The documentation explains the exact performance guarantees for every operation involved. In particular, `len` is constant, while indexing, slicing, deleting by index or slice, bisecting, and removing by value are all logarithmic, so both operations end up logarithmic.

(It's worth noting that `blist` is a B+Tree; you might get better performance out of a red-black tree, or a treap, or something else. You can find good implementations for most data structures on PyPI.)

As pointed out by senderle, if the maximum number of copies of an edge is much smaller than the size of the collection, you can create a data structure that does it in time quadratic on the maximum number of copies. Translating his suggestion into code:

``````class MGraph(object):
def __init__(self):
self.edgelist = []
self.edgedict = defaultdict(list)
self.edgedict[edge].append(len(self.edgelist))
self.edgelist.append(edge)
def remove(self, edge):
for index in self.edgedict.get(edge, []):
maxedge = len(self.edgelist) - 1
lastedge = self.edgelist[maxedge]
self.edgelist[index], self.edgelist[maxedge] = self.edgelist[maxedge], self.edgelist[index]
self.edgedict[lastedge] = [i if i != maxedge else index for i in self.edgedict[lastedge]]
del self.edgelist[-1]
del self.edgedict[edge]
def choice(self):
return random.choice(self.edgelist)
``````

(You could, of course, change the replace-list-with-list-comprehension line with a three-liner find-and-update-in-place, but that's still linear in the number of dups.)

Obviously, if you plan to use this for real, you may want to beef up the class a bit. You can make it look like a `list` of edges, a `set` of `tuple`s of multiple copies of each edge, a `Counter`, etc., by implementing a few methods and letting the appropriate `collections.abc.Foo`/`collections.Foo` fill in the rest.

So, which is better? Well, in your sample case, the average dup count is half the size of the list, and the maximum is 2/3rds the size. If that were true for your real data, the tree would be much, much better, because `log N` will obviously blow away `(N/2)**2`. On the other hand, if dups were rare, senderle's solution would obviously be better, because `W**2` is still 1 if `W` is 1.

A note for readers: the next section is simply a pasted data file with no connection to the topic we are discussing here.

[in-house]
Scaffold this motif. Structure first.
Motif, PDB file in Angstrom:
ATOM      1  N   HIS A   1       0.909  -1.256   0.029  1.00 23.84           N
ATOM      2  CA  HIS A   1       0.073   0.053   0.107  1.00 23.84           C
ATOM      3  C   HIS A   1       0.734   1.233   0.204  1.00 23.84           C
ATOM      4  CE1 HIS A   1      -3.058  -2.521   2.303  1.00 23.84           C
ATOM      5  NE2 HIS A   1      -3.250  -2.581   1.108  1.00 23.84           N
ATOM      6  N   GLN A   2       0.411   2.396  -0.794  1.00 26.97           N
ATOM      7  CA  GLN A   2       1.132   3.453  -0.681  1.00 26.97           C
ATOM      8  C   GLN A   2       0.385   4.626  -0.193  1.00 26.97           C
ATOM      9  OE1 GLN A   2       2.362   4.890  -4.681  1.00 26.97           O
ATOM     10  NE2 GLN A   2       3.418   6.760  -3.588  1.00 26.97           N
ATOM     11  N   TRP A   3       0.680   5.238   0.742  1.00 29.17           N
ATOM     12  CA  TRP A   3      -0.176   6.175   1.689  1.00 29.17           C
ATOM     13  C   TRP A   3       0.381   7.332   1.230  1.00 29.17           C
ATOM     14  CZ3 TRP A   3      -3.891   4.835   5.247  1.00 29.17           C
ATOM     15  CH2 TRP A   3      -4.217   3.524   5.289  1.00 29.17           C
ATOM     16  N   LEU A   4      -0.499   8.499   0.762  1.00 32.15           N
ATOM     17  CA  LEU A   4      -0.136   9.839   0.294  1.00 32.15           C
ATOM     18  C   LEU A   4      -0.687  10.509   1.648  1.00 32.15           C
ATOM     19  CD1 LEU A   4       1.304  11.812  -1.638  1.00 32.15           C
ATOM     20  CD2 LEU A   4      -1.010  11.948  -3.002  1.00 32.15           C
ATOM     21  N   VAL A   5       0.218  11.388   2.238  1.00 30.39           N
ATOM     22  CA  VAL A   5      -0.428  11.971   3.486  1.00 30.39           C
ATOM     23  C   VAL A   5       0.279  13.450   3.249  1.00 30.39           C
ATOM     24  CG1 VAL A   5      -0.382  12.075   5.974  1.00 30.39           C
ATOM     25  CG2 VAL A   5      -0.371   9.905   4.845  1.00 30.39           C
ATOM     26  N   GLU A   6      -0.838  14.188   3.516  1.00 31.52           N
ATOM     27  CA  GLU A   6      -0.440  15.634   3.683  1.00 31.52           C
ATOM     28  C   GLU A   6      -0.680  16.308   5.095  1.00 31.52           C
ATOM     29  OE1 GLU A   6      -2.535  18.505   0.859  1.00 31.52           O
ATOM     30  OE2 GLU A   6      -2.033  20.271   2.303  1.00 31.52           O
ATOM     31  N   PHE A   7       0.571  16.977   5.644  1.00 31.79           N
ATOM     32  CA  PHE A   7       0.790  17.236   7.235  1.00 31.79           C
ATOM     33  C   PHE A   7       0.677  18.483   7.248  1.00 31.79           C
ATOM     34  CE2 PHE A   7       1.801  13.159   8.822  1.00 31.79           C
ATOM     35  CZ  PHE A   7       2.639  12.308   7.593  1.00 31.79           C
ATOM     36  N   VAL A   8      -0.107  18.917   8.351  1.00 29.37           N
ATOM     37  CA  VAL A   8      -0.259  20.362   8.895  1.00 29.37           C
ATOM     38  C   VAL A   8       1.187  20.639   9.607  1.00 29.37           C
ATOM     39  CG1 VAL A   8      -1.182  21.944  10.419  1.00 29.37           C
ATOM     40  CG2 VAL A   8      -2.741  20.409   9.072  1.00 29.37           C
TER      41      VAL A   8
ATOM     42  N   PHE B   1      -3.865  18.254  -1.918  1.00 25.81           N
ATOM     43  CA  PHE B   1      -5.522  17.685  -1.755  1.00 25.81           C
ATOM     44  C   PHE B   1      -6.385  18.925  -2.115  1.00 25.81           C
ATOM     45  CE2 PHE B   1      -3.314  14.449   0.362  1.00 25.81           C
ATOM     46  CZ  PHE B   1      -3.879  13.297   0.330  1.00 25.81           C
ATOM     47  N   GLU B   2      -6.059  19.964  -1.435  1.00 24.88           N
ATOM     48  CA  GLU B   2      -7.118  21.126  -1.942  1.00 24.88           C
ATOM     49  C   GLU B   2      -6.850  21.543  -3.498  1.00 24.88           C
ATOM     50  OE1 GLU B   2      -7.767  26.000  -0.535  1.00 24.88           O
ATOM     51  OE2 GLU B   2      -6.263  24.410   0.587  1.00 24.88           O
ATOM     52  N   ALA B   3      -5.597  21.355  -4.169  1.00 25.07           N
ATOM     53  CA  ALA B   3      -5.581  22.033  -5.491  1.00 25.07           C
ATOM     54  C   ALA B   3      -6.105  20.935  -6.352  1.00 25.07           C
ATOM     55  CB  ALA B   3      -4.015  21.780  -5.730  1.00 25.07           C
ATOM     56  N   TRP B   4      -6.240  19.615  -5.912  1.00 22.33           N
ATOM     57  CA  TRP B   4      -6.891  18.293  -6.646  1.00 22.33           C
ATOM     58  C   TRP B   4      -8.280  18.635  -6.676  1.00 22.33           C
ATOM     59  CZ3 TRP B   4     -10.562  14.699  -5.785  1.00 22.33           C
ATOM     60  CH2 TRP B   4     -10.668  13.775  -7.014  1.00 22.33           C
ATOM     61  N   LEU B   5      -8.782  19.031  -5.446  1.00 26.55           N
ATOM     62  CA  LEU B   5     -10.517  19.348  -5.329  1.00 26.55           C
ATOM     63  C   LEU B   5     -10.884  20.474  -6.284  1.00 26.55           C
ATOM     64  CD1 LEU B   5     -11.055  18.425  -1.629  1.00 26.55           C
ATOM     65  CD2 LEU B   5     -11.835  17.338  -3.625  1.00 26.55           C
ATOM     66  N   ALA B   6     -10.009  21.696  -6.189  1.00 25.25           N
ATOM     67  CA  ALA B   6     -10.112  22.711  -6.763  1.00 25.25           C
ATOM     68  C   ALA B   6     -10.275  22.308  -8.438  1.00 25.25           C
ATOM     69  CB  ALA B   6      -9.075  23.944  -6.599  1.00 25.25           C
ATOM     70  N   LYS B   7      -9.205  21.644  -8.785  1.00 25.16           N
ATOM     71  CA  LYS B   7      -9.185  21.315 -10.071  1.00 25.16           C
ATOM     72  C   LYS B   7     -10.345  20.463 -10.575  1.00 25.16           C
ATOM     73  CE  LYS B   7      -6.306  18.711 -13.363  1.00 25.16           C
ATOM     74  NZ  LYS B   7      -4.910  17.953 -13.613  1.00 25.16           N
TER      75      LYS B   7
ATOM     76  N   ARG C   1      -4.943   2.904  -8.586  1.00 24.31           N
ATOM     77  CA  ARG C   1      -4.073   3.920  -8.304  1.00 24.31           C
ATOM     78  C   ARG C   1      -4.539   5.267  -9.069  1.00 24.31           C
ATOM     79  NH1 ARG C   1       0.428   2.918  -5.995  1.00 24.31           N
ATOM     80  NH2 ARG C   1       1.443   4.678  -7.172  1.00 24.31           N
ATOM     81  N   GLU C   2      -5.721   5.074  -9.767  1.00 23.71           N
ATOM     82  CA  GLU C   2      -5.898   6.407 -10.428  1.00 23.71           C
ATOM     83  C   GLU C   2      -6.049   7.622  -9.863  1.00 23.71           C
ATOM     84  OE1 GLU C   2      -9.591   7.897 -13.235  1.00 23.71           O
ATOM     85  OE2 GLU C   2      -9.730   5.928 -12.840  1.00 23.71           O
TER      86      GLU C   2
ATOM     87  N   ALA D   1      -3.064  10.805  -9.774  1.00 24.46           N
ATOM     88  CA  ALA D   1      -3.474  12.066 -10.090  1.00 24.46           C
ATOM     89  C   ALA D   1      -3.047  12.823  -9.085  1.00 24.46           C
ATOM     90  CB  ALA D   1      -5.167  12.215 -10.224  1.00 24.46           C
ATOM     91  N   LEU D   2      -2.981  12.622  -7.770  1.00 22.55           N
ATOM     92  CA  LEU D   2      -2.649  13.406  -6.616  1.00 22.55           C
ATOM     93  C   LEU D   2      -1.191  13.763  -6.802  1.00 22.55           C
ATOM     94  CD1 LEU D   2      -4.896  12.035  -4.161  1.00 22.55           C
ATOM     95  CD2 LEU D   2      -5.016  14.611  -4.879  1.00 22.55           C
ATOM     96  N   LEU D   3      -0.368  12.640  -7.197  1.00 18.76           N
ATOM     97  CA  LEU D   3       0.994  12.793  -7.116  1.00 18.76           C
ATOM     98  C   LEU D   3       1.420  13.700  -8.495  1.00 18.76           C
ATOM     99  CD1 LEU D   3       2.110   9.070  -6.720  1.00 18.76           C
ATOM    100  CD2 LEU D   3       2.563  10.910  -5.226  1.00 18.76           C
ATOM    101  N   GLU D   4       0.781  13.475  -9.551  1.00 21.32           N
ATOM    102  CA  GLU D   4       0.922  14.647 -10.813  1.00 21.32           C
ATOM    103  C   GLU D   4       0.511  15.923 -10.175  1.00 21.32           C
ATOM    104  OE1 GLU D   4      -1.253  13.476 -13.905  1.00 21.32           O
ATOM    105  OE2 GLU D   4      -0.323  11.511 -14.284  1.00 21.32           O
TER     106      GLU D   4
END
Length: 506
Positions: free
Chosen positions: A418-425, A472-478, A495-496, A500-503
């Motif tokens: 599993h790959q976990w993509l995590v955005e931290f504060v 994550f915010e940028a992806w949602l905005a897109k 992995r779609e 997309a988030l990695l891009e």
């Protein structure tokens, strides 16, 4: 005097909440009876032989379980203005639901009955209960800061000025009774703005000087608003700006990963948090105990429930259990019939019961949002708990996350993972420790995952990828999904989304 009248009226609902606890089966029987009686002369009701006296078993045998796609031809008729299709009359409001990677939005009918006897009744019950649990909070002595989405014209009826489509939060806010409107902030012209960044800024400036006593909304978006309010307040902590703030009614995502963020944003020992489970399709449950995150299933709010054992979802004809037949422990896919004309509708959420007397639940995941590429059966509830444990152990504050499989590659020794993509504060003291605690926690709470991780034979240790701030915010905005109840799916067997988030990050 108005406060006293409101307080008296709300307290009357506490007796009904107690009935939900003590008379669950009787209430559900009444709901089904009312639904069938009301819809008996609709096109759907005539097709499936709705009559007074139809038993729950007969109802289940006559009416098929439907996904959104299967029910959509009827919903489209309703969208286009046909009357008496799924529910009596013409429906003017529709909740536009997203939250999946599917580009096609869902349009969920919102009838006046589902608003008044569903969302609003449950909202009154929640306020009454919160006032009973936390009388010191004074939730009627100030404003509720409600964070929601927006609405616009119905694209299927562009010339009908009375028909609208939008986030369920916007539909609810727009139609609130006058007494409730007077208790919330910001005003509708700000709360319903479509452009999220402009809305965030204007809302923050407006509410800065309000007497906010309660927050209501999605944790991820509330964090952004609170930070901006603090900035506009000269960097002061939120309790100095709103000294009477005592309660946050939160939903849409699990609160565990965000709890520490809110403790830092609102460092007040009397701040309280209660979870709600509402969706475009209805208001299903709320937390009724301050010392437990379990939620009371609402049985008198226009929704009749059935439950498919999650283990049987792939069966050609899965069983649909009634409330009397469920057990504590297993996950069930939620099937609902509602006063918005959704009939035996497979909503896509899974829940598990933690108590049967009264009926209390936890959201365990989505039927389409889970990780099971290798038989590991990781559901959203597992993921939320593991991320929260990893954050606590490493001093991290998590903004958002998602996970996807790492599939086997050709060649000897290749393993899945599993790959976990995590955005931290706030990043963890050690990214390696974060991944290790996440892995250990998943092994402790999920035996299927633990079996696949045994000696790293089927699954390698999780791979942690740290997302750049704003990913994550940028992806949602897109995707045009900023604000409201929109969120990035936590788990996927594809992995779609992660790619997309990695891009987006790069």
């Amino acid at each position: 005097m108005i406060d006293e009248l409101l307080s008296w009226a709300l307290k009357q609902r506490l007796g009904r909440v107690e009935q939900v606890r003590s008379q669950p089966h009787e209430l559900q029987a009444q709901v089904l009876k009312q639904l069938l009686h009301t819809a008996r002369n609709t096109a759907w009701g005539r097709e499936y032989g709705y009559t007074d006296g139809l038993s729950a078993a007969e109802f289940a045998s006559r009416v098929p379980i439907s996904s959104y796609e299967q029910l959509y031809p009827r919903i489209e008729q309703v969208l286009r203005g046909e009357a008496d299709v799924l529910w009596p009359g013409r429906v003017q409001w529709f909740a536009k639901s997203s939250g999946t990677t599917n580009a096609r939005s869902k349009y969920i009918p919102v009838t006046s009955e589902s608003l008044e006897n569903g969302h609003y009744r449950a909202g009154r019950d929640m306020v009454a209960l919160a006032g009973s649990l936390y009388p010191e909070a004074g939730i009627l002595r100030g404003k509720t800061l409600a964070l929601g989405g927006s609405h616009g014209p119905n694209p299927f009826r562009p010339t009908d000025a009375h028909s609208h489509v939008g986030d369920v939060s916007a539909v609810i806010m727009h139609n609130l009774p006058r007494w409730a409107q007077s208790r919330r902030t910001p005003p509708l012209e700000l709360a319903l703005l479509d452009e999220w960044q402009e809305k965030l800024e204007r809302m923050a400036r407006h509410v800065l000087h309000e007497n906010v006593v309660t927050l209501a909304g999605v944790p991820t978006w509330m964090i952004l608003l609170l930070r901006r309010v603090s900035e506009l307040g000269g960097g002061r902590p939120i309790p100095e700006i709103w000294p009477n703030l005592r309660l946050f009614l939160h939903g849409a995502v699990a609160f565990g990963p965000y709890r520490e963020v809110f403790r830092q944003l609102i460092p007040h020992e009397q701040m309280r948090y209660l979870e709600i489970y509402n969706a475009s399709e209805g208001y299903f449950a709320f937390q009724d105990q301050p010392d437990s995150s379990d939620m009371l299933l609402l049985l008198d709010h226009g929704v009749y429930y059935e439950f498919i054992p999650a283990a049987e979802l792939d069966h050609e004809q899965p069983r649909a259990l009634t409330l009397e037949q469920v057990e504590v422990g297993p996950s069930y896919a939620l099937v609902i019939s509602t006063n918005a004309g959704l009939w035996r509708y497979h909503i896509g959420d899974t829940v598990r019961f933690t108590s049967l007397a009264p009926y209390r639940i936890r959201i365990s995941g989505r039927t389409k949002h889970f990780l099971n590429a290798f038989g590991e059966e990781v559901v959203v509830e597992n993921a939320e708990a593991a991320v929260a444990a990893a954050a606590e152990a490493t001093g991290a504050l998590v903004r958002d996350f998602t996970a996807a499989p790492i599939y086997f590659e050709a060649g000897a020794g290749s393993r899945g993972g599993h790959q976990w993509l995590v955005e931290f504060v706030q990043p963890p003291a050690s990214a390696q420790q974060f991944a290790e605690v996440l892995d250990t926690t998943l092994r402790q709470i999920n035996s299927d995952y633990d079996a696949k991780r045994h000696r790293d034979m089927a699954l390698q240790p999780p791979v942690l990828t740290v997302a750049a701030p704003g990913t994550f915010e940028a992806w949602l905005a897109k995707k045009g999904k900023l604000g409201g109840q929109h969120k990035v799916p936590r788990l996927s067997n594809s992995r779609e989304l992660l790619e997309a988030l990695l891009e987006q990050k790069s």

Of course for a 3-element sample, constant overhead and multipliers are going to dominate everything. But presumably your real collection isn't that tiny. (If it is, just use a `list`...)

If you don't know how to characterize your real data, write both implementations and time them with various realistic inputs.

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ok, so at a high level, my edgedict is actually keeping track of the list of indices that particular edge occupies within edgelist. Those indices are then used when I need to remove an edge so that I don't have to scan the entire list. Or exactly the way senderle said it. And if instead of deleting an edge I wanted to change a node in it (e.g. I'm merging nodes and need to redirect edges accordingly), the dict-of-indices still allows me to do that in linear-on-weights time. Do I have that right? –  MikeRand Feb 19 '13 at 0:47
@MikeRand: Again, it's quadratic-on-weights, not linear-on-weights. But otherwise, yes. Think about it this way: You can always simulate a change with a delete and an add. If delete is quadratic-on-weight, and add is constant, then change has to be quadratic-on-weight at worst, right? –  abarnert Feb 19 '13 at 0:56
good point about change-as-add+delete. Thanks. –  MikeRand Feb 19 '13 at 1:06